South Africa's rand and bonds retreated early on Wednesday as sentiment was rocked by Moody's decision late last night to place the country's credit rating on review for a downgrade over its worsening growth prospects.
Stocks opened slightly firmer, with the JSE Top-40 blue-chip index inching up 0.12 percent.
At 0700 GMT the rand had weakened 0.2 percent to 15.4650 per dollar, gaining back some ground after slipping to 15.4700 overnight.
Government bonds weakened as well, with the benchmark issue due in 2026 adding 3 basis points to 9.315 percent.
"Comments from Moody's overnight have spiked the risk-off trade with bonds and currencies taking a beating overnight," analysts at Nedbank Capital said in a note.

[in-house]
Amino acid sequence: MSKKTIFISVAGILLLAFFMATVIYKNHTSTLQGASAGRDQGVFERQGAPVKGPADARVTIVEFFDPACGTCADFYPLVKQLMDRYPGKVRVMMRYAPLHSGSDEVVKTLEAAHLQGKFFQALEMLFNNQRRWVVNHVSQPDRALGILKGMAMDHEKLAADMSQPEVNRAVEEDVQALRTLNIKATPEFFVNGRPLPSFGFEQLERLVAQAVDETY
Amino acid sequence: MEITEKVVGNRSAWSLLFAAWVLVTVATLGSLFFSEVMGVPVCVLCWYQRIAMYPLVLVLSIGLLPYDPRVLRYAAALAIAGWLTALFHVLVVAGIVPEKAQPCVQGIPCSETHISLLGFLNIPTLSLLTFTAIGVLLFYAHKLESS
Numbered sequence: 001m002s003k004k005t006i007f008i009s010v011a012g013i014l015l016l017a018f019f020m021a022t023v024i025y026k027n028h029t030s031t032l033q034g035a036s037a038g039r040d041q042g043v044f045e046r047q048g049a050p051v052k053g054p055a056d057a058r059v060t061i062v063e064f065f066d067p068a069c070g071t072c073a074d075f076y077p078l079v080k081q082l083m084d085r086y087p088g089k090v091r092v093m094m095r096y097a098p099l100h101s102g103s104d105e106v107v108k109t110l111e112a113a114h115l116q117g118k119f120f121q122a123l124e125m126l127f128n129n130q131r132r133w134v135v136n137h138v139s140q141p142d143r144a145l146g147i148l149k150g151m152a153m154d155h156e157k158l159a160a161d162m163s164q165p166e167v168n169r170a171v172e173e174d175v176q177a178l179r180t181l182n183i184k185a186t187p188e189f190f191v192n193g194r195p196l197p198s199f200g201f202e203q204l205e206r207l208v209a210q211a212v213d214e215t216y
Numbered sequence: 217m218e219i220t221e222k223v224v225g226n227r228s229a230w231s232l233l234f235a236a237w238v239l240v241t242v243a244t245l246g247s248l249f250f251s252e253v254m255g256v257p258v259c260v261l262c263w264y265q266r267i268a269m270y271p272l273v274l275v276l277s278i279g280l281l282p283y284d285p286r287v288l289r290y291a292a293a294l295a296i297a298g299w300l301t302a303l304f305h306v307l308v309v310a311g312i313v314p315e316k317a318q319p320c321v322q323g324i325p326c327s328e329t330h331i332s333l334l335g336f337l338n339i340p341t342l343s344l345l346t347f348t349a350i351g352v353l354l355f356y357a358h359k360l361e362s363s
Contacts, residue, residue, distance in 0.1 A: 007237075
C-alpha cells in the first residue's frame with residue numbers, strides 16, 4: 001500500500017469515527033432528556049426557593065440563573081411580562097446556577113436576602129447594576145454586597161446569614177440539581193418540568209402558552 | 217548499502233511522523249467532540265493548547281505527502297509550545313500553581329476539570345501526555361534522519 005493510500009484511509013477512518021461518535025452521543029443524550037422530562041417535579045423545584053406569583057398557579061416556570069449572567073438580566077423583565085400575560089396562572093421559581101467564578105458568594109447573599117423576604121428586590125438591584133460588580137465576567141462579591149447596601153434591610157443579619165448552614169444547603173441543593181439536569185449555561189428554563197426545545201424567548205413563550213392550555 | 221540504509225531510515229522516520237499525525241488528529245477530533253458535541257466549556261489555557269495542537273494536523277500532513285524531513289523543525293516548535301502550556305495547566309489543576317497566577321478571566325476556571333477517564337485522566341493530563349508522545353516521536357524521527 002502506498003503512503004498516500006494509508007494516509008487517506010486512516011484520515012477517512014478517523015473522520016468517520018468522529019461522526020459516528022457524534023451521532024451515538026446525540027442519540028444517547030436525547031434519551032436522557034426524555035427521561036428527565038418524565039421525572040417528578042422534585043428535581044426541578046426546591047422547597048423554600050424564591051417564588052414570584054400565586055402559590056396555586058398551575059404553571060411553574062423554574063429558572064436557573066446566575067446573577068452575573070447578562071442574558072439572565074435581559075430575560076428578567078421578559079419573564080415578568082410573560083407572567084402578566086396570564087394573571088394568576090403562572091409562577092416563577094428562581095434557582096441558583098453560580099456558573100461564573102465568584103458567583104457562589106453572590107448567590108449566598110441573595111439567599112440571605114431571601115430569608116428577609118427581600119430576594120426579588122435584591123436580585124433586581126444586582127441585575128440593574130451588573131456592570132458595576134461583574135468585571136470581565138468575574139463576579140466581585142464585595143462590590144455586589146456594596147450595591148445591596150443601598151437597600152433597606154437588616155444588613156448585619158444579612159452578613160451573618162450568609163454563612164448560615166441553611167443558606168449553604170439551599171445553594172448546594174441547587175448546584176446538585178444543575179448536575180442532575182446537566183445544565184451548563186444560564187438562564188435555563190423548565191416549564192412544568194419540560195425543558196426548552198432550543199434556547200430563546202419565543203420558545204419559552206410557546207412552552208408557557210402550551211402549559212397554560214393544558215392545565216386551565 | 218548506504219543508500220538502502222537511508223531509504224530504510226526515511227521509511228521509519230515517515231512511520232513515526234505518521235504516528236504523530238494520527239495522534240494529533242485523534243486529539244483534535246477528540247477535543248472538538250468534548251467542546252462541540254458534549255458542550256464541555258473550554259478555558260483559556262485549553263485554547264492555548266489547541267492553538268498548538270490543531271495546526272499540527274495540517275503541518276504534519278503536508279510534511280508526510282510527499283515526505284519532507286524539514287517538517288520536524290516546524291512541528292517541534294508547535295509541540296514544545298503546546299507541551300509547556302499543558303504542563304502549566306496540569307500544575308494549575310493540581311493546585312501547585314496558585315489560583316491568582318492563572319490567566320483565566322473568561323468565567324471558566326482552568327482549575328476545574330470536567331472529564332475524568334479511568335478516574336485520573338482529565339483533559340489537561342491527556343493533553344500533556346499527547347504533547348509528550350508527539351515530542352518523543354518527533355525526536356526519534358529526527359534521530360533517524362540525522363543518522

The rand, already on the back foot after Tuesday data showed the current account deficit widened sharply, saw a modest selloff after Moody's said it was concerned about the ability of government policies to restore fiscal strength and boost growth.
Moody's cited weak economic performance in Africa's most indistrialised economy as a risk factor when assigning a negative outlook to the rating in December 2015, and said it now expected the economy to grow at only 0.5 percent in 2016, slower than Treasury's forecast of 0.9 percent.
Moody's visits South Africa next week to assess the economy and decide whether to alter its Baa2 rating.
Finance Minister Pravin Gordhan told local Radio 702 on Wednesday that South Africa had a good to story to tell Moody's.
"Clearly we need to prove to ourselves and to them that we are capable of working together to grow our economy, create jobs and make our fiscal framework a viable one," Gordhan said.